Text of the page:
This April, the council that principal social worker Steve Crocker’s spent the past 22 years at will cease to exist.
On 1 April, Dorset County Council will unite with the county’s district and borough councils to become England’s latest unitary authority: Dorset Council.
It’s a change that’s been three years in the making and it’s one that’s provided Steve and his colleagues with a rare chance to reimagine what an adult social care service should be.
“The move to unitary was a golden opportunity,” he says. “It’s given us a chance to think very clearly about what social care is and what it can do for our residents.”
An untypical transformation
But this is not the usual service redesign. From the off, Dorset decided that this change must be driven by the social care experts – the social workers, occupational therapists and other adult social care staff.
To make this happen 40 ‘service champions’ have been recruited from every part of the service, from frontline social workers to commissioners, to redesign the service.
“By having people from all aspects of the service we can look at people’s experiences of the service through all the different lenses and use their expert knowledge to look at what works best for the adults our service helps,” says Jon Goodwin, head of service operations at Dorset.
“It’s quite a different way to transform services as most often these things are done with a very top-down approach,” he says. “The champions model is one where the changes are very much driven by staff and the public.”
Linzi Gow, a specialist manager in the service, agrees the approach is a departure: “It’s about recognising our practitioners’ professional judgment. That’s what we’ve been trained to do as social workers – to be evidenced based and to make informed decisions.”
Linzi likens the ethos to the practice approach the service uses in its work with Dorset residents. “We mirror our strengths-based approach with our staff,” she says.
“With our learning and development offer we seek to promote staff’s confidence and competence rather than focusing on what they can’t do.
“That includes opportunities like giving people time out to attend reflective learning groups and the annual Mental Capacity Act conference we run that draws hundreds of delegates from across the country.”
‘Never felt trapped’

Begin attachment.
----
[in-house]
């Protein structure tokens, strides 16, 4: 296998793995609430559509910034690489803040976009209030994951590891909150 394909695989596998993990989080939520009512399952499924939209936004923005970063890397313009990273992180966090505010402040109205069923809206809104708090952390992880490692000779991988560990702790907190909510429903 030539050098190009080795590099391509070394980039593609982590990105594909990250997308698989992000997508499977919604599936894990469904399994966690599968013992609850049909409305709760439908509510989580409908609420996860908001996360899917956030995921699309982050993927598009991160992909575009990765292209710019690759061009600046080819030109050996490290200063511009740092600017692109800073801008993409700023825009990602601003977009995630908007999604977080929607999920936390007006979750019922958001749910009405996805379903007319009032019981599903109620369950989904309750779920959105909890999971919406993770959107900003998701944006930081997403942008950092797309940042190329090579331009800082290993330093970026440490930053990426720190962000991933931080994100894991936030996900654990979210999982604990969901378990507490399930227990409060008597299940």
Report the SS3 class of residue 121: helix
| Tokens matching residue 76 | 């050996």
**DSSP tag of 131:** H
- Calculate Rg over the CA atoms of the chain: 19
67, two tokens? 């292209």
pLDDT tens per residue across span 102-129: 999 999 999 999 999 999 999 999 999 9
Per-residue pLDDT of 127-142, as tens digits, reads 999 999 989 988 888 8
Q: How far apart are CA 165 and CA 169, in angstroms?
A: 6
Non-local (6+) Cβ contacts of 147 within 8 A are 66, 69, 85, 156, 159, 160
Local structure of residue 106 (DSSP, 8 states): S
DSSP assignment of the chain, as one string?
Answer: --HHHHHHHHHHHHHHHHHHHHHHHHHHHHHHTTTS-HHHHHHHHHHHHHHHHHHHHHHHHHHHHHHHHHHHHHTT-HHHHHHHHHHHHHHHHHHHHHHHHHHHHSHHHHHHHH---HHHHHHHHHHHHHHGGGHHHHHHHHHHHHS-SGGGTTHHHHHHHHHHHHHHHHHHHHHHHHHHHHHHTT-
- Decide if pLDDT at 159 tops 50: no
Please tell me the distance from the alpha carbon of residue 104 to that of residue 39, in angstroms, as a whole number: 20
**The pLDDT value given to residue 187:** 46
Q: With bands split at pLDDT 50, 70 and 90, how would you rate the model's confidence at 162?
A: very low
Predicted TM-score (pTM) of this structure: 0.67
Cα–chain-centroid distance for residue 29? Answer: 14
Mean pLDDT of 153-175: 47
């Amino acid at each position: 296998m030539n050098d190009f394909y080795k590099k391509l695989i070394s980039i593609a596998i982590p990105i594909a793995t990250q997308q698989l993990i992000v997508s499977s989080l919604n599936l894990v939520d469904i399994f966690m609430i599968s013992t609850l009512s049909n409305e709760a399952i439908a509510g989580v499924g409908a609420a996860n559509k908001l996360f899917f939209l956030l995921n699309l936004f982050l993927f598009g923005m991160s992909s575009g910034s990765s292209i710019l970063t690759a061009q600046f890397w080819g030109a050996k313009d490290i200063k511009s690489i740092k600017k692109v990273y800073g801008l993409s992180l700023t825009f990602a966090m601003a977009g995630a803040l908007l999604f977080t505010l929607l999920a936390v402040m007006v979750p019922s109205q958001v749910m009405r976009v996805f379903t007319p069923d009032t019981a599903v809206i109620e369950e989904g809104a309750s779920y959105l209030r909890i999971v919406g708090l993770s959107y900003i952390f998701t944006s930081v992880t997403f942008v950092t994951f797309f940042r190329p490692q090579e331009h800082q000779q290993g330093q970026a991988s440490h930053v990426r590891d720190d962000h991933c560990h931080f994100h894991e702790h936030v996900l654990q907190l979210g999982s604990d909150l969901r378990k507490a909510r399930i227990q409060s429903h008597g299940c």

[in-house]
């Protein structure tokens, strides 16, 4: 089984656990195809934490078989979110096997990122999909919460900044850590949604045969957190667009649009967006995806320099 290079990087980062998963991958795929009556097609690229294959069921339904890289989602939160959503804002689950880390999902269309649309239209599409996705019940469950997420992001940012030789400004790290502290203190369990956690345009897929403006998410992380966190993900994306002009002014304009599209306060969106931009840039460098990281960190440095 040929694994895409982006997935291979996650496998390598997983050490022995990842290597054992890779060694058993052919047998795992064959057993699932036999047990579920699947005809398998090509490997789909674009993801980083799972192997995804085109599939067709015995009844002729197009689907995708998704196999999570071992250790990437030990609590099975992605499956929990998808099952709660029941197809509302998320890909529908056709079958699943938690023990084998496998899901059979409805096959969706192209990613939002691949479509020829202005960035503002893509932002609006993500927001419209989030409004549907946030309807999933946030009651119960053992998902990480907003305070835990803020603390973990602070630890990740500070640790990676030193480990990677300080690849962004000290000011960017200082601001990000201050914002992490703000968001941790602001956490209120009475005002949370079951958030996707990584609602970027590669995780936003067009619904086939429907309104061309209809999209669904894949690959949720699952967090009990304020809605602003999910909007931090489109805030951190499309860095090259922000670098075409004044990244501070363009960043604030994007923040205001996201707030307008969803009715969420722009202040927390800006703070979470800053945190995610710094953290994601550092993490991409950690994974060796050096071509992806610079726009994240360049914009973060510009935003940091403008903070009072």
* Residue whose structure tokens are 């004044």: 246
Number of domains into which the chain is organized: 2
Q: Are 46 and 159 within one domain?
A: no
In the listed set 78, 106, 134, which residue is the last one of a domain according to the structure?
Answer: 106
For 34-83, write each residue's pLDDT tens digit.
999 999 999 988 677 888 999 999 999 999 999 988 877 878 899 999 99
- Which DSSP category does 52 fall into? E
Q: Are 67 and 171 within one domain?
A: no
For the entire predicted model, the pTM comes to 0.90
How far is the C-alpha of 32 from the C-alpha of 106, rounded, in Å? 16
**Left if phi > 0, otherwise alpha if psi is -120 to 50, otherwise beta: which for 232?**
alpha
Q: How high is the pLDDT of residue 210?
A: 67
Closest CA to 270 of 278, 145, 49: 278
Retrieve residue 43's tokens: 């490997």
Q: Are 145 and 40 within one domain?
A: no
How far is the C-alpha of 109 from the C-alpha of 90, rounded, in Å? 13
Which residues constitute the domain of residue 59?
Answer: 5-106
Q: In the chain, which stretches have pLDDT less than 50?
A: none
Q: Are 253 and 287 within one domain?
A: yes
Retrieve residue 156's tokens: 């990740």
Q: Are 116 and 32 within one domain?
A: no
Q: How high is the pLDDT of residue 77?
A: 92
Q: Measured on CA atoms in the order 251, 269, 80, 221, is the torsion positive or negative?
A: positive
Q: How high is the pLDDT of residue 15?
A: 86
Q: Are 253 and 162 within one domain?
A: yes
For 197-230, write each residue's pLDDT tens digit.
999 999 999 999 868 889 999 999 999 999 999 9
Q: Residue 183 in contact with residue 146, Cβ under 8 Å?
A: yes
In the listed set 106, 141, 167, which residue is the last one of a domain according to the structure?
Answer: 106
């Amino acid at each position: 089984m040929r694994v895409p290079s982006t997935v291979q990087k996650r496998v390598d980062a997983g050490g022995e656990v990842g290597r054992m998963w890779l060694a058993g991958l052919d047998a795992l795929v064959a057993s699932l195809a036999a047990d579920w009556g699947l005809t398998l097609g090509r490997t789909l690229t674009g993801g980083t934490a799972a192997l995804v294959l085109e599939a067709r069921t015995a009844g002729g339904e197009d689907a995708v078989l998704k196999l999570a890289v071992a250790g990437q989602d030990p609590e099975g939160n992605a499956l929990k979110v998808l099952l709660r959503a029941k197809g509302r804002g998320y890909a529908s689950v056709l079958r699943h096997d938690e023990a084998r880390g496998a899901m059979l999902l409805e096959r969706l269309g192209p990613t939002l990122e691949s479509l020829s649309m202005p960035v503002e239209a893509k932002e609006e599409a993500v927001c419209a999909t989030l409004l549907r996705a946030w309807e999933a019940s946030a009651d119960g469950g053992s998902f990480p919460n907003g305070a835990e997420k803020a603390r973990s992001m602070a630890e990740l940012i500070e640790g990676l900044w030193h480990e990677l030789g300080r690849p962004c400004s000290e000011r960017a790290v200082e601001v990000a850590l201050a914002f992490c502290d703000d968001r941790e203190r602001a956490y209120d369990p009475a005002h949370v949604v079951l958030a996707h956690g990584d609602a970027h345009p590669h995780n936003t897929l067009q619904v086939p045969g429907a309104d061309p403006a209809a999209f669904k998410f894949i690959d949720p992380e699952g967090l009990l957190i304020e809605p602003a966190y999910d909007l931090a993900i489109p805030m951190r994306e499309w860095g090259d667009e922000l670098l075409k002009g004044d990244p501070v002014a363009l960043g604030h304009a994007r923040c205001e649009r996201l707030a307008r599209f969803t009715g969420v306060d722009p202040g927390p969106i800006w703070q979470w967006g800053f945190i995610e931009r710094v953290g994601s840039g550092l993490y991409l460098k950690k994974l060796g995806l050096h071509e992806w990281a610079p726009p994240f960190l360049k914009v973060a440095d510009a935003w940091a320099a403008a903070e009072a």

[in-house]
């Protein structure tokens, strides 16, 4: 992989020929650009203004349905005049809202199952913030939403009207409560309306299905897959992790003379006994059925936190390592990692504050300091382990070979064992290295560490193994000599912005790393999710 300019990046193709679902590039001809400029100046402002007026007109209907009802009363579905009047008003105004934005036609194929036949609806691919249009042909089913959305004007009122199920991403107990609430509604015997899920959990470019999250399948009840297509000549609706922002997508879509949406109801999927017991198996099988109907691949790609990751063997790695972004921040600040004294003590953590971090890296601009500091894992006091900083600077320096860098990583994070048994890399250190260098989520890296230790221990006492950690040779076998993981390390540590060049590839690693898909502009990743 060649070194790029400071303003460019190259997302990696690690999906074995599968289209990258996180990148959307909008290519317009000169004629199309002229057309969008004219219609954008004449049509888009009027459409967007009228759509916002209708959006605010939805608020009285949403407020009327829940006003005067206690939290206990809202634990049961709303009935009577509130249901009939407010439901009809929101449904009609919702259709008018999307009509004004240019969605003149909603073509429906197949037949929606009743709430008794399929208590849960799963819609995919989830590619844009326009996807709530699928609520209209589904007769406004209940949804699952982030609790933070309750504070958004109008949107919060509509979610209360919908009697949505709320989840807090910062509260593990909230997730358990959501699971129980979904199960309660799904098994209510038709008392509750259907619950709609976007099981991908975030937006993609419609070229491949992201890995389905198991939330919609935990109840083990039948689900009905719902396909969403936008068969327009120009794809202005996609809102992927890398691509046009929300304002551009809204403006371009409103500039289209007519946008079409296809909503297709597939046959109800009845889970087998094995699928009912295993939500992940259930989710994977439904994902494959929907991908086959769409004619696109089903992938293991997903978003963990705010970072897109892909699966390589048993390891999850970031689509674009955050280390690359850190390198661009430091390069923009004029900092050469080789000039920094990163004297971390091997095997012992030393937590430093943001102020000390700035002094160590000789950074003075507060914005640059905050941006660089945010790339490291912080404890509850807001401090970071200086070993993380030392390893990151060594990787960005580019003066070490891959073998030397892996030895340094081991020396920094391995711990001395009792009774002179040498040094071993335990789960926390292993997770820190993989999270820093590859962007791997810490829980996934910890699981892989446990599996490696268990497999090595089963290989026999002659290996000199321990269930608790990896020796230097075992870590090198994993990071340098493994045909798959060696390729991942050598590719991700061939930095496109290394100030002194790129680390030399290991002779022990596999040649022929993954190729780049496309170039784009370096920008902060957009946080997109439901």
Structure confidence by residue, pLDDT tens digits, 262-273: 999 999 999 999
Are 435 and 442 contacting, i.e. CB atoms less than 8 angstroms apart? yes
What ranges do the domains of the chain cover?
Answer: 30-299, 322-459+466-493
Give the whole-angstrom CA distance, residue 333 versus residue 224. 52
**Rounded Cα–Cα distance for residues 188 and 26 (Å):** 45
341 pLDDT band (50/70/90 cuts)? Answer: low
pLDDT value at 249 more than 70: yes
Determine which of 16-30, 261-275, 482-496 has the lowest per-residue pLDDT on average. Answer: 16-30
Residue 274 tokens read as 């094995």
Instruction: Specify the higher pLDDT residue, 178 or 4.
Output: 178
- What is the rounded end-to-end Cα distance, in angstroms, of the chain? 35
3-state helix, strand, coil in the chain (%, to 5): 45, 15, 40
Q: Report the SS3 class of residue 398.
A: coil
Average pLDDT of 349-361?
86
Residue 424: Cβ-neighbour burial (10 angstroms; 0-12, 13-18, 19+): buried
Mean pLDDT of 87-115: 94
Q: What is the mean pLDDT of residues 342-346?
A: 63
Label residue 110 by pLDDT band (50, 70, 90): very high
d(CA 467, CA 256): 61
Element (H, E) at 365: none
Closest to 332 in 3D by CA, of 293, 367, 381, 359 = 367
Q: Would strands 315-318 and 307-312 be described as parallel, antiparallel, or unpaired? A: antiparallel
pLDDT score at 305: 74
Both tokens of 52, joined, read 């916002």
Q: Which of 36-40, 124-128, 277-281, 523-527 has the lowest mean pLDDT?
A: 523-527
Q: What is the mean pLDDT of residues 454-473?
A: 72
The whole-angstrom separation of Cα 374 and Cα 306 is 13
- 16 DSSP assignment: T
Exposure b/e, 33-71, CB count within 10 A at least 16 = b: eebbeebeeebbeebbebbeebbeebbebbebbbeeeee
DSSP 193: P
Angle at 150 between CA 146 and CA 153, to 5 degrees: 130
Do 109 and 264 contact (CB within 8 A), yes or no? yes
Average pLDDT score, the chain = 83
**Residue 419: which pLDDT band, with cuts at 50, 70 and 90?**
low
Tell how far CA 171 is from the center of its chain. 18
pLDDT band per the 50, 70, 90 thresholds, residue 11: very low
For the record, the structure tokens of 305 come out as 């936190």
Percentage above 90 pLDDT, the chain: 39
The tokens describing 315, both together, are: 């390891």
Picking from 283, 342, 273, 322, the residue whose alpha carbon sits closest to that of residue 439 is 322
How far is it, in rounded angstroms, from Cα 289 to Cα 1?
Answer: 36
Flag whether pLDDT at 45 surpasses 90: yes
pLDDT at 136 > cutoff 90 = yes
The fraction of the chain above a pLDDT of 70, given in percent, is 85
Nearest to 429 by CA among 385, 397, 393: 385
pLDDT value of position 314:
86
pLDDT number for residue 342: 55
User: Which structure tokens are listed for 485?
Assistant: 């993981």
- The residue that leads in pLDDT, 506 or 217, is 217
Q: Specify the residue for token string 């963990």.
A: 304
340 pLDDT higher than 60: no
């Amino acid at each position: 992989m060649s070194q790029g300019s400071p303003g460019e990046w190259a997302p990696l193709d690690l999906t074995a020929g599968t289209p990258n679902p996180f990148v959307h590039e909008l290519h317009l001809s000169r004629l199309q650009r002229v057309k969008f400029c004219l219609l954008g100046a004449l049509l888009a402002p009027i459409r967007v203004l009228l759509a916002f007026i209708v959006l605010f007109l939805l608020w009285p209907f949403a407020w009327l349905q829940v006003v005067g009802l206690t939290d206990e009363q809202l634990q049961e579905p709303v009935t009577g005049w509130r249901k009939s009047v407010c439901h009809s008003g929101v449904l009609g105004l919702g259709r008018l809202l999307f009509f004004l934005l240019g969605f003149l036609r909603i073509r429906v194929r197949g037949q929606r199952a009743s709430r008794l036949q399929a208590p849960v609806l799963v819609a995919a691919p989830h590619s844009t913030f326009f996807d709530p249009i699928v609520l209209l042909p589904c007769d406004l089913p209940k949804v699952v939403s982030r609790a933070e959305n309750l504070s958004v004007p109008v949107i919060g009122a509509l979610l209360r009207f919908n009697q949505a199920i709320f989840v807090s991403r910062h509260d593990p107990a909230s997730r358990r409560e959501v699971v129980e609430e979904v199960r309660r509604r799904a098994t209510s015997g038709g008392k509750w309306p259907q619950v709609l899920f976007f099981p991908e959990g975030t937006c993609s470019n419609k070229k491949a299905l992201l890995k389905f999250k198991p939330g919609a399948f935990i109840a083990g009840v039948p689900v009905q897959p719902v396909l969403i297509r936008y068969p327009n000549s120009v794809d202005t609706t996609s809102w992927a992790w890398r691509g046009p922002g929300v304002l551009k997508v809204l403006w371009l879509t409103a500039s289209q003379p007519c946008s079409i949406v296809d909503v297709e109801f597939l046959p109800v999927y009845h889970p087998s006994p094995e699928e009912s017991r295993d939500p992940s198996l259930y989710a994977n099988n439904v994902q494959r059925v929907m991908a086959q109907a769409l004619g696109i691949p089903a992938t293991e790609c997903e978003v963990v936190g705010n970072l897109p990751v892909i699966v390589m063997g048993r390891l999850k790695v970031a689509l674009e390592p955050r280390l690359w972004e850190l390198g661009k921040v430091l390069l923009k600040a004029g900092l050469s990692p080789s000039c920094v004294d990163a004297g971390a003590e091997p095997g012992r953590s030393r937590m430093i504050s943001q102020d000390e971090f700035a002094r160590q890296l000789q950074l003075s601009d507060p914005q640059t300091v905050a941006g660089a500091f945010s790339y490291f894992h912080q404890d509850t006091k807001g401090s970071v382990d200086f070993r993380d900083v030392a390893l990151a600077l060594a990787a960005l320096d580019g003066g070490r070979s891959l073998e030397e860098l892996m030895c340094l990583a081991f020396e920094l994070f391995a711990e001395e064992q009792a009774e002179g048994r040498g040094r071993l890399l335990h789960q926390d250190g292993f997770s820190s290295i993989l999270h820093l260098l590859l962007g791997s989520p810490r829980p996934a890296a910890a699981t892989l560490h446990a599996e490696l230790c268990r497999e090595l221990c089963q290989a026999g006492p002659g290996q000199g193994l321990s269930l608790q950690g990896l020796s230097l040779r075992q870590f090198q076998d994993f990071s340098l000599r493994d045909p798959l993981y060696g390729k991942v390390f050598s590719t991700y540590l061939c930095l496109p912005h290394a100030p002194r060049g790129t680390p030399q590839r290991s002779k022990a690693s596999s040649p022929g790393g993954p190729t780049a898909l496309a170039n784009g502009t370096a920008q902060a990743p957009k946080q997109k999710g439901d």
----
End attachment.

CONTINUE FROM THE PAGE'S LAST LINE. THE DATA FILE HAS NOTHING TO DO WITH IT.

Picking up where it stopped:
It’s an approach to development that both Linzi and Steve have first-hand experience of. When they first joined Dorset’s adult social care service they weren’t social workers.
“Yeah, we’re home grown,” says Steve. “We both started in unqualified positions and worked our way up. Dorset’s a council that’s really supported me in my career aspirations.
“I’ve been able to train as a social worker, as a practice educator and become an AMHP, or approved social worker as it was known back then. Being at Dorset enabled me to do all those things. I’ve also been able to move around the county and try different roles. I’ve never once felt constrained or trapped here.”
And having experienced the value of those opportunities first hand, both Steve and Linzi are keen that the next generation of Dorset social workers get the same.
“Because that career progression happened to us we know the value of that,” says Linzi. “We want others to have the same support we got.”
Jon’s had a different journey. “I’ve only been here for the last year,” he says. “However, I have been so impressed by the welcome I have received from everyone. Dorset is a place of dynamic and forward-thinking staff who are really keen to support the development of the service offer to the public.
“It’s definitely a place where we want to share the great stories of the work we are doing to the rest of the country. We really are making a real difference in people’s lives.”
Driven by social workers
Another way Dorset empowers its adult social care workforce is through the practice forums that it’s introduced over the past year.
“We changed how decision making worked,” says Steve. “Previously, it was done by a very formalised quality assurance panel processes and practitioners found it deskilling.
“So, we created these practice forums that are very much practitioner-led to support creative ideas for getting really good outcomes for people.
“I think that’s really important. At the moment it seems like so many other places are stripping away practitioners’ ability to make decisions and creating these much more adversarial environments which are really deskilling.
“We don’t want that. We want to support practitioners to be in the driving seat.”
‘The goodwill’s still here’
The benefits of empowering adult social care workers are already showing, says Linzi.
“People are being much more creative now,” she says. “We’re currently looking at the way day services are delivered, and the workers involved in that project are moving away from that traditional place-based approach to one that’s much more personalised.
“We’re harnessing what’s out there in the communities. In Weymouth, for example, there are opportunities to use the facilities built for the Olympics that were constructed with accessibility in mind.
“There really is a lot of enthusiasm and commitment in this service. The goodwill is still here – it’s not been eroded by processes that disenfranchise practitioners, like elsewhere. We still all want to make our communities better and work together to do that.
“Despite being on the Jurassic Coast, we’re not a bunch of dinosaurs.”